In particular, in each allegation of Plaintiff's newly added "constructive discharge" section of his "Statement of Facts," the acts which give rise to his claim are attributed to "Defendant Commissioner and/or DESPP." Doc. 90-1, at 16-17 (¶¶ 72-73) (emphasis added). Moreover, Plaintiff includes allegations against DESPP under Count I (Violation of 42 U.S.C. § 1983) when he states that he "repeats and realleges paragraphs 1 through 75," as well as when he asserts violations of his rights to free speech when "Defendant Commissioner and/or DESPP transferred him." Id., at 17-18 (¶¶ 76-77) (emphasis added). Similarly, Plaintiff alleges that the Defendant Commissioner "and/or DESPP would not have transferred [him] in the absence of CSPU's and/or CSPU President Matthews' influence." Id., at 18 (¶ 79) (emphasis added). In sum, DESPP is alleged to have been responsible, in whole or in part, for Mercer's "constructive discharge," as well as violating Mercer's First and Fourteenth Amendment rights.

         At the outset, because Plaintiff has conceded that he may not proceed against DESPP, a state agency with Eleventh Amendment immunity, the reference to DESPP in the case caption must be stricken if the Court grants leave to amend. In addition, because DESPP is not a party, Plaintiff may wish to remove allegations which attribute responsibility to DESPP from his claims. If DESPP is not a party to the action, its behavior may not be relevant and/or may even undercut Plaintiff's claims by attributing fault to a non-party, as opposed to a defendant. See, e.g., Desert Plants Conservancy LLC v. Parsons, No. CV 11-01599-PHX-ROS, 2012 WL 13019154, at *4 (D. Ariz. July 6, 2012) (granting motion to dismiss where, inter alia, "the FAC makes numerous allegations against individuals or entities who are not defendants. . . . The numerous allegations against such non-parties are irrelevant . . . .").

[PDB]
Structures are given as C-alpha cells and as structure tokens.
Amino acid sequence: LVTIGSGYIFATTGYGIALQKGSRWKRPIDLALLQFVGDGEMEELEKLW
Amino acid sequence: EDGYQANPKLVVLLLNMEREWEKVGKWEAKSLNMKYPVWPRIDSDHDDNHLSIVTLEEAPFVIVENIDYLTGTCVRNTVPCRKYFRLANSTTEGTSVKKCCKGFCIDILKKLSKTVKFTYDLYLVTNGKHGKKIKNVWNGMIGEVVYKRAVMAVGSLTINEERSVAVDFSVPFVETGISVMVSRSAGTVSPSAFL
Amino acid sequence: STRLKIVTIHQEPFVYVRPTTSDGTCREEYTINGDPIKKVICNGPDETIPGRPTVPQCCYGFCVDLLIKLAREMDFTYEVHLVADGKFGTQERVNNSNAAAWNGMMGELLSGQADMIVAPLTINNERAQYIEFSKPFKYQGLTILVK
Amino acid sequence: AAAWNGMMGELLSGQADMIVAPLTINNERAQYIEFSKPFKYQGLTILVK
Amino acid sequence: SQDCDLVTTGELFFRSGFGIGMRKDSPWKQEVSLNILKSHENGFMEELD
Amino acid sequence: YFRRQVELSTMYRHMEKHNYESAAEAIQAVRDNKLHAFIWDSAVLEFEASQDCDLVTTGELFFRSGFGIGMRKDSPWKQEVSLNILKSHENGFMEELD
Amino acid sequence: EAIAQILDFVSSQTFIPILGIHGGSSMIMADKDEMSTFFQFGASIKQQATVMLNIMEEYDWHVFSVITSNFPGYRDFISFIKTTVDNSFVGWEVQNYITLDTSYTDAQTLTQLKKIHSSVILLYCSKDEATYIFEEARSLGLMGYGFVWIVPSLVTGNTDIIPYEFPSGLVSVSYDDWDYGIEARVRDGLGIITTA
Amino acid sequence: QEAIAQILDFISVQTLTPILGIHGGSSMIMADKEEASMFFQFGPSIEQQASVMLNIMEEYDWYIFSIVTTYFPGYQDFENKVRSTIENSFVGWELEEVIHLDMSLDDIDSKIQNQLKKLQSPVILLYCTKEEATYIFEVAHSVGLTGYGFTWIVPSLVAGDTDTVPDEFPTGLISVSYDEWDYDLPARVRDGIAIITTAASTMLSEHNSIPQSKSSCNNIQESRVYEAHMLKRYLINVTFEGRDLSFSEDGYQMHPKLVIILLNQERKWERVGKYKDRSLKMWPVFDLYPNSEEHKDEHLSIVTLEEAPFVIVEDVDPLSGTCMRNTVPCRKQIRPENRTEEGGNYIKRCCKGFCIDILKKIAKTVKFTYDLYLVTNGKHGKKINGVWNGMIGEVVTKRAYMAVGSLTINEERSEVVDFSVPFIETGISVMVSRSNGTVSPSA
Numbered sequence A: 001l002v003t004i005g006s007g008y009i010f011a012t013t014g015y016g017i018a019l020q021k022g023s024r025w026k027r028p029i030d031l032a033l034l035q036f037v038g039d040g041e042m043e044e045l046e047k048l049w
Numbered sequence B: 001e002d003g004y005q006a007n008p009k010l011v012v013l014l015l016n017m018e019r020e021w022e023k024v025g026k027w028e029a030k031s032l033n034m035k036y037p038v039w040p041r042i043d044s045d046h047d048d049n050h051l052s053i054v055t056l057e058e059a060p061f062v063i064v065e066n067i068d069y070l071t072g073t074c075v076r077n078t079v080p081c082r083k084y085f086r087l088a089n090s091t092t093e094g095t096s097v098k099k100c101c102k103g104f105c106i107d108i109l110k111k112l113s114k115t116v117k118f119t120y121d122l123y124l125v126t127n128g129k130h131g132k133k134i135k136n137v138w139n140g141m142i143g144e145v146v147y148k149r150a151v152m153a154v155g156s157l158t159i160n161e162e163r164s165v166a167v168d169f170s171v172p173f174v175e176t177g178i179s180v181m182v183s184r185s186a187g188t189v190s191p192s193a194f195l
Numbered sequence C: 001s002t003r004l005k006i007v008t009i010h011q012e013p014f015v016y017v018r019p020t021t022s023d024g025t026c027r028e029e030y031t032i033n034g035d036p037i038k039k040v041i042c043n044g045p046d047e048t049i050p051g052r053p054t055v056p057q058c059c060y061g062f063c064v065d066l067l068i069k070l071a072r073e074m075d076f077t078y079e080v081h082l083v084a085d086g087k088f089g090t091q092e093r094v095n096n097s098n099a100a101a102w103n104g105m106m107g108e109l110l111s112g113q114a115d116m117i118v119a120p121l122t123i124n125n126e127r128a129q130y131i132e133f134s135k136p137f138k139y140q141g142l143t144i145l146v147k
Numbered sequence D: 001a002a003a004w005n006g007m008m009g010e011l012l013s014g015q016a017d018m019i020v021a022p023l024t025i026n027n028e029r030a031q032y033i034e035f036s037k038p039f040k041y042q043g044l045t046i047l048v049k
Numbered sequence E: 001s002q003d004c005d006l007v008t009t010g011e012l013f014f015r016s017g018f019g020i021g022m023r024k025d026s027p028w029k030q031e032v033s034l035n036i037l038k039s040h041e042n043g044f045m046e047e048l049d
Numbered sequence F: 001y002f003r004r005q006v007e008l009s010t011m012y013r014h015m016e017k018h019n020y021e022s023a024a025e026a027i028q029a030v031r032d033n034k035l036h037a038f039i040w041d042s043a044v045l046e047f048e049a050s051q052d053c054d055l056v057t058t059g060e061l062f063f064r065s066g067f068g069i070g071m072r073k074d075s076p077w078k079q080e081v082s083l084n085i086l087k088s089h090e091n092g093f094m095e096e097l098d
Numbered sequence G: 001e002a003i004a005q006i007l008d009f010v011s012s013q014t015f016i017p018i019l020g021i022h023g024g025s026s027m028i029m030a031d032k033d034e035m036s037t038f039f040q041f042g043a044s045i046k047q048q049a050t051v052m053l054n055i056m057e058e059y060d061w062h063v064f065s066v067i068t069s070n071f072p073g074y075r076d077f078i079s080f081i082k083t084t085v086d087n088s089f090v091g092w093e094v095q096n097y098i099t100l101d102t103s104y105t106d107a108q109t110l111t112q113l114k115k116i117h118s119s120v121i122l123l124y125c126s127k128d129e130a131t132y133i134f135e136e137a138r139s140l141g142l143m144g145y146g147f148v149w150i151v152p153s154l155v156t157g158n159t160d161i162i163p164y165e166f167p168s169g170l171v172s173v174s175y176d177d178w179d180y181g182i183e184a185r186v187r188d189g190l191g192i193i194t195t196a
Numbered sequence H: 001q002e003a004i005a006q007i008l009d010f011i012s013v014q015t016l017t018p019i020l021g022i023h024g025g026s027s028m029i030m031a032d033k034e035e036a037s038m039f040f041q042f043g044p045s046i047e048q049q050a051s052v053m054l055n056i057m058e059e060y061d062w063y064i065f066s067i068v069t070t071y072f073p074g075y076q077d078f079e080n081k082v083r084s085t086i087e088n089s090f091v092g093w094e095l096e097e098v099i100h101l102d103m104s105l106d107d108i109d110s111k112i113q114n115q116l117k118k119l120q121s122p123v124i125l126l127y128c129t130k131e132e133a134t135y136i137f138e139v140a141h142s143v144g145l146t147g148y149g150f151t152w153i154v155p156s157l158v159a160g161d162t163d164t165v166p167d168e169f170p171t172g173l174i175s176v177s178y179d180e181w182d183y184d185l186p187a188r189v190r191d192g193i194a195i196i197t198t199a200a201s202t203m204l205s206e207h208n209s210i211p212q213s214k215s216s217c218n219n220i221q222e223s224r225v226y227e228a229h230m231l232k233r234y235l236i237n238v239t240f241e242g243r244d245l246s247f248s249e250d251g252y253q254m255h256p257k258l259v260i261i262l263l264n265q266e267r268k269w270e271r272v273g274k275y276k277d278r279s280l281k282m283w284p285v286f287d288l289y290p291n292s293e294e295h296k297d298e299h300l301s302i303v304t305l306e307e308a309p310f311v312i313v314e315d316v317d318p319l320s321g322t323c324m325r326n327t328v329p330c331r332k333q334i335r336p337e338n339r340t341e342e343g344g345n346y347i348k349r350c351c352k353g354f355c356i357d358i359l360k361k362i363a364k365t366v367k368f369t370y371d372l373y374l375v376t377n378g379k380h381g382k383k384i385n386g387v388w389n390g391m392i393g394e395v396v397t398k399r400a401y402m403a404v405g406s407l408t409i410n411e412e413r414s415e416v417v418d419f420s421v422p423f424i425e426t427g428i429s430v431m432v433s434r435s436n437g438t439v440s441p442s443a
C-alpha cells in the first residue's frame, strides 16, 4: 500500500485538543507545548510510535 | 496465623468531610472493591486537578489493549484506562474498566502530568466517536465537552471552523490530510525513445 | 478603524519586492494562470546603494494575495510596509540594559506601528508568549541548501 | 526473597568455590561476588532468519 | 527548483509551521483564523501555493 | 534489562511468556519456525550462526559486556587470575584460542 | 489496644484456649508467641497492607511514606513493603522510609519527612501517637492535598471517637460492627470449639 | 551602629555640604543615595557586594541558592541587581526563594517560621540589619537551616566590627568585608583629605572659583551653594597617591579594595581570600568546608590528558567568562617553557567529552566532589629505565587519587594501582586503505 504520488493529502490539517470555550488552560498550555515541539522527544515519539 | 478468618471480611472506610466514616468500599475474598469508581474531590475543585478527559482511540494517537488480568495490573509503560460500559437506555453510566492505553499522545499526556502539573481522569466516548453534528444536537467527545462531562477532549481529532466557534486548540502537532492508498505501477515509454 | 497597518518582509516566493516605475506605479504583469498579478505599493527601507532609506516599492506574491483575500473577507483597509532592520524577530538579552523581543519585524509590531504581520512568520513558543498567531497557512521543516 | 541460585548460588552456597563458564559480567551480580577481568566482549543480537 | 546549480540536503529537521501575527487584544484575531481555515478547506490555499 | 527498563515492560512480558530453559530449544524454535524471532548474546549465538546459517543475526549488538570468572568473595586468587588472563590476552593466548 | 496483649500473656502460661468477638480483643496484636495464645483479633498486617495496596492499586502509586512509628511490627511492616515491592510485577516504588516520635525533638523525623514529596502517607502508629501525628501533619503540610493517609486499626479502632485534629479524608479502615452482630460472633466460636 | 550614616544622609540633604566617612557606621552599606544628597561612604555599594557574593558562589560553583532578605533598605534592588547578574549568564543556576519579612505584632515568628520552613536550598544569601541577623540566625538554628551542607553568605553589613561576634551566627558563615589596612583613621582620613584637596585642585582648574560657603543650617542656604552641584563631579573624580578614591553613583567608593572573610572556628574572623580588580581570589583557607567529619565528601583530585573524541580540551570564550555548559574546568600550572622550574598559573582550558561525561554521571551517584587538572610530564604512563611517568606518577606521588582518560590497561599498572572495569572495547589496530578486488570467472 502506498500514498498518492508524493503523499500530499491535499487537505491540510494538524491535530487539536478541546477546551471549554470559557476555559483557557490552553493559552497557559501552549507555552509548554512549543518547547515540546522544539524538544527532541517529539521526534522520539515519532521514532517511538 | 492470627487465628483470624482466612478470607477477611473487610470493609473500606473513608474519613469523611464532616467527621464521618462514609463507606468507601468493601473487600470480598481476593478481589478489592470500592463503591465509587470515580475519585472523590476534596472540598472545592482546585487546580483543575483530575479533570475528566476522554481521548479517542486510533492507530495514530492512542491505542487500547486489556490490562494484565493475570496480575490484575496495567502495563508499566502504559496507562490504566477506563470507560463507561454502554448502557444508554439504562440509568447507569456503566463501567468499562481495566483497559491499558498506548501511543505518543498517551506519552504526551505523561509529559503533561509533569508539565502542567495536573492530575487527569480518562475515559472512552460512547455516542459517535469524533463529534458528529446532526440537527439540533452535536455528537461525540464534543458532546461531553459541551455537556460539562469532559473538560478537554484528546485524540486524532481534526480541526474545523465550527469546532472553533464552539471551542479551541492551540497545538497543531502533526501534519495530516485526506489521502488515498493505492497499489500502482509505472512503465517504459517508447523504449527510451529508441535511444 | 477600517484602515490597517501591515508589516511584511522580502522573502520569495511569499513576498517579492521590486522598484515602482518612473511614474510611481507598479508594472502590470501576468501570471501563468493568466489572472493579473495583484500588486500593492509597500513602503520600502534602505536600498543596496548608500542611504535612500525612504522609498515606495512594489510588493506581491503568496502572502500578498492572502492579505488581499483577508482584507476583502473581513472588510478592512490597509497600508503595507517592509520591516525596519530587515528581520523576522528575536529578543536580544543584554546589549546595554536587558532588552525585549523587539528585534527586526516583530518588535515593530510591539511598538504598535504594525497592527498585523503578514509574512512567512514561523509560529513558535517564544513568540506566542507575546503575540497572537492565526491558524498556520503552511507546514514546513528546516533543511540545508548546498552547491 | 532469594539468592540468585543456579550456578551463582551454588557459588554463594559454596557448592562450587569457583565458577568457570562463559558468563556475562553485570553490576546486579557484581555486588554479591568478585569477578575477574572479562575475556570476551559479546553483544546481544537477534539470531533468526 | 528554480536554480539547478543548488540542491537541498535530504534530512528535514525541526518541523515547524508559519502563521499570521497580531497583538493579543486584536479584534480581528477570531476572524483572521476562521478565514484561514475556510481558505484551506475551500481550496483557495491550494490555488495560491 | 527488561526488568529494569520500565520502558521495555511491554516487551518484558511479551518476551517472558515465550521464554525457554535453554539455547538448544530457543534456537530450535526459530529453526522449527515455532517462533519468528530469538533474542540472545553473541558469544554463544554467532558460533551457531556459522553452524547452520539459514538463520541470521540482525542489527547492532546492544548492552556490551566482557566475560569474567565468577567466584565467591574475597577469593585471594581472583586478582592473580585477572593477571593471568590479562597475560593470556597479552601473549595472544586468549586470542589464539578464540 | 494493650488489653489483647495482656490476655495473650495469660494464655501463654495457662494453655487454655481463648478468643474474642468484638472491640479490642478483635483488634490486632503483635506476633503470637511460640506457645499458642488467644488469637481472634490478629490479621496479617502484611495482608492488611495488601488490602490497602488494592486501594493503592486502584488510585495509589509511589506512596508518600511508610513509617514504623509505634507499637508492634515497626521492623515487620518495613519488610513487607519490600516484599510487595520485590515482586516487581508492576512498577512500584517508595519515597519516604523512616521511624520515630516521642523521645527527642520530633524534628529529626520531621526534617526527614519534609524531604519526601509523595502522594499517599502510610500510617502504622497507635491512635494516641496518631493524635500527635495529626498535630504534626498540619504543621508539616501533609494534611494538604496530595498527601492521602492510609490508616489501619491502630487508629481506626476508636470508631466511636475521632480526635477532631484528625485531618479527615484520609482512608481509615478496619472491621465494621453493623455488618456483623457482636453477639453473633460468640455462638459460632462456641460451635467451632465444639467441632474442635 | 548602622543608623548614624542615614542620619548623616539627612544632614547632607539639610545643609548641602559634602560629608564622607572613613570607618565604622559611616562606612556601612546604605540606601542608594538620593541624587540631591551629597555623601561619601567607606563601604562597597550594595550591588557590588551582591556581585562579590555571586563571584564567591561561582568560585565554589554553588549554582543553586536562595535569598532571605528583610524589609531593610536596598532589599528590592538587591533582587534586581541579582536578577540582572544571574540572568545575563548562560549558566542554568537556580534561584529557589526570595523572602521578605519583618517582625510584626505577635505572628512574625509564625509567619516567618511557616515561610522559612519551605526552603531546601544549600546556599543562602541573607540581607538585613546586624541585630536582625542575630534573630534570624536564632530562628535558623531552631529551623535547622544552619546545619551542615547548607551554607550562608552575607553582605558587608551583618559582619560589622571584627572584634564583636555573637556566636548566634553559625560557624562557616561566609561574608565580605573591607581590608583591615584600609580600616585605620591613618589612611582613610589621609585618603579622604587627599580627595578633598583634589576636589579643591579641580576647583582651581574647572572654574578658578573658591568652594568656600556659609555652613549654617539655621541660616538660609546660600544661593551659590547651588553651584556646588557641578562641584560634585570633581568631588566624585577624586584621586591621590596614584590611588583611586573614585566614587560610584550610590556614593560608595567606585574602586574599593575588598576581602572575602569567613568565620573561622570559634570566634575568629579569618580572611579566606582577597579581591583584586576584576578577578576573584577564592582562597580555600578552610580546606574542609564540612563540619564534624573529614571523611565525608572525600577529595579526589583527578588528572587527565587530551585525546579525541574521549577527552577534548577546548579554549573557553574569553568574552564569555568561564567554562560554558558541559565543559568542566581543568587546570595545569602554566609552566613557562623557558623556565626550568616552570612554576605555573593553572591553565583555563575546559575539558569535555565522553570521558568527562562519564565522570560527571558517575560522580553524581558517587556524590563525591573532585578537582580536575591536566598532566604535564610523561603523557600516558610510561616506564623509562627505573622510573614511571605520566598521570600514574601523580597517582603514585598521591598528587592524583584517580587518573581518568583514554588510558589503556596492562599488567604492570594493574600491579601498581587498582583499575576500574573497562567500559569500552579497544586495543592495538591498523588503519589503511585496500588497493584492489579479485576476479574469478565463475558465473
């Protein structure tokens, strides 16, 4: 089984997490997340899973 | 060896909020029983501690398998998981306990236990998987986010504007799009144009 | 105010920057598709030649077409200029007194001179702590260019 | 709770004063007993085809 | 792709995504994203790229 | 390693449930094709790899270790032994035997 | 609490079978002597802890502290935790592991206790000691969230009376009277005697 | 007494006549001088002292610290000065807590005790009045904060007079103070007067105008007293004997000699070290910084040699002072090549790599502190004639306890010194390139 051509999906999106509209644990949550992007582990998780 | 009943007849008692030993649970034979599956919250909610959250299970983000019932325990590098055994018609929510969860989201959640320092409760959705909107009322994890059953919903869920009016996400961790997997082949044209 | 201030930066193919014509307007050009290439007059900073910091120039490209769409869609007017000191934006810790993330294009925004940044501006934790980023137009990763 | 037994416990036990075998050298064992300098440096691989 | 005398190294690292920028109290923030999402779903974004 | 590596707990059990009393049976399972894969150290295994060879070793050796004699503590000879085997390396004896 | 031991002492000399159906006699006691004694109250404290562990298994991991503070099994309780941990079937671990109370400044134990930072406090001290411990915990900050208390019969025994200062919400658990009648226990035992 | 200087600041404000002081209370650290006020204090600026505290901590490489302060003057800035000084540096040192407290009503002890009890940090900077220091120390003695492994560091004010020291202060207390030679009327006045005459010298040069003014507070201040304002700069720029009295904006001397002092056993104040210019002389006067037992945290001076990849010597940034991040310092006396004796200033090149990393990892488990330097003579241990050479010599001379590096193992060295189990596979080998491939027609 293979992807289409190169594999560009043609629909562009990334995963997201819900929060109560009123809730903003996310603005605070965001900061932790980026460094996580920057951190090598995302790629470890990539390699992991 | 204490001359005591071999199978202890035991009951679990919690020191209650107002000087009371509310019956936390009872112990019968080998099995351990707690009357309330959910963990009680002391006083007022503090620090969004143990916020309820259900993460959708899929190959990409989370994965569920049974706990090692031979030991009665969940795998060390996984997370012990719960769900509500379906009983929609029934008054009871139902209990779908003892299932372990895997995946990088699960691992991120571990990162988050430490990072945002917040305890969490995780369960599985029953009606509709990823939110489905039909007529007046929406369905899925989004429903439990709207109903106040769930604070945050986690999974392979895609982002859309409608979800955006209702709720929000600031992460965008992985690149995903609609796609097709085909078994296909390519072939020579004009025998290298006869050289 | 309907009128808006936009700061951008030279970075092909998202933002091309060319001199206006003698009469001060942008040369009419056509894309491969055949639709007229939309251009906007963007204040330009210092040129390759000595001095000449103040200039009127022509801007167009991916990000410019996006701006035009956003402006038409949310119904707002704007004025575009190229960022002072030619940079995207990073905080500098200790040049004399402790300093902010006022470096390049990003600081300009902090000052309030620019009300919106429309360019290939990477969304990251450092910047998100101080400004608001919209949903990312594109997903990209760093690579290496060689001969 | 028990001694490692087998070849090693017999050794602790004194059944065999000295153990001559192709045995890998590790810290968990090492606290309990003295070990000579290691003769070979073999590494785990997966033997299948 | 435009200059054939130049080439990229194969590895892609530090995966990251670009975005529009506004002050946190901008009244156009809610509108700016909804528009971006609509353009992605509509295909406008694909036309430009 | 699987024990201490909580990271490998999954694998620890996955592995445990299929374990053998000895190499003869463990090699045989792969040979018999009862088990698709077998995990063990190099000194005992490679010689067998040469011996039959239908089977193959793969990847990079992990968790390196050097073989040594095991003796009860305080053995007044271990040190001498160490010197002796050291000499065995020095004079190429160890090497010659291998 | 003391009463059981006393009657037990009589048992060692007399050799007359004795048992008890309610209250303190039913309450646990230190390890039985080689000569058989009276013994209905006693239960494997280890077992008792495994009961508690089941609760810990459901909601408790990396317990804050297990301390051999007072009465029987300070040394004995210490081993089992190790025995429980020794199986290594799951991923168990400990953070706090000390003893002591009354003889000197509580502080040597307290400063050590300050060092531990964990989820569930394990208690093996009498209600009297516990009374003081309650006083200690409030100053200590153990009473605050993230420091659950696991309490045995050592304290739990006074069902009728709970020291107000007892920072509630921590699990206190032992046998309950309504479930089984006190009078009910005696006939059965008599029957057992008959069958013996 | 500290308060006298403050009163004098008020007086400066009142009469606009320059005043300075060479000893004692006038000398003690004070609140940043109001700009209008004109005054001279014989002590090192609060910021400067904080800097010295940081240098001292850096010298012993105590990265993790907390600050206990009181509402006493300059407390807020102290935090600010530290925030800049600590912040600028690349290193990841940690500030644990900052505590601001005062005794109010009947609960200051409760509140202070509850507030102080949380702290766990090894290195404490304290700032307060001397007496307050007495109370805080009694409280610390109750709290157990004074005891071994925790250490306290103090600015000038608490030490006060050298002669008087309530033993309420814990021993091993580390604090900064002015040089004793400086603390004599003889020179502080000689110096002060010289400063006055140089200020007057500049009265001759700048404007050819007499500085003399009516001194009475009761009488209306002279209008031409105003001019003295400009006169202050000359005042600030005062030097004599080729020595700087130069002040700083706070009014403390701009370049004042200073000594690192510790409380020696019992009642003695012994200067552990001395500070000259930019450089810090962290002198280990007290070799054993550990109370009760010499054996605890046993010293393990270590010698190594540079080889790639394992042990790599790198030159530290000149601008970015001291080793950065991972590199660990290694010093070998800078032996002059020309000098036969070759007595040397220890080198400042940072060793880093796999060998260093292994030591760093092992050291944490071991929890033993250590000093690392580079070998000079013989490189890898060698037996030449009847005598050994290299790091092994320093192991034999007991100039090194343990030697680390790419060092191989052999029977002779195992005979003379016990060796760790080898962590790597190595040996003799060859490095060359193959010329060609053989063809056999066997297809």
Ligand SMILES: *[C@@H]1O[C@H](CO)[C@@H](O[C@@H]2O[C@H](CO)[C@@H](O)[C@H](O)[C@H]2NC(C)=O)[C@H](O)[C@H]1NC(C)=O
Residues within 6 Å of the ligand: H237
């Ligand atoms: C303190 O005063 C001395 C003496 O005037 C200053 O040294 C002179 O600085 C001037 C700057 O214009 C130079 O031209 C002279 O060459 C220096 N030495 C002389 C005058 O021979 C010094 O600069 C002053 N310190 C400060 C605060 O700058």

The only other substantive addition Plaintiff inserts into the FAC is the "constructive discharge" section in his "Statement of Facts."[4] That new section will be discussed below as the Court resolves Plaintiff's motion to amend.

         II. DISCUSSION

         A. Standard for Leave to Amend - Rule 15, ...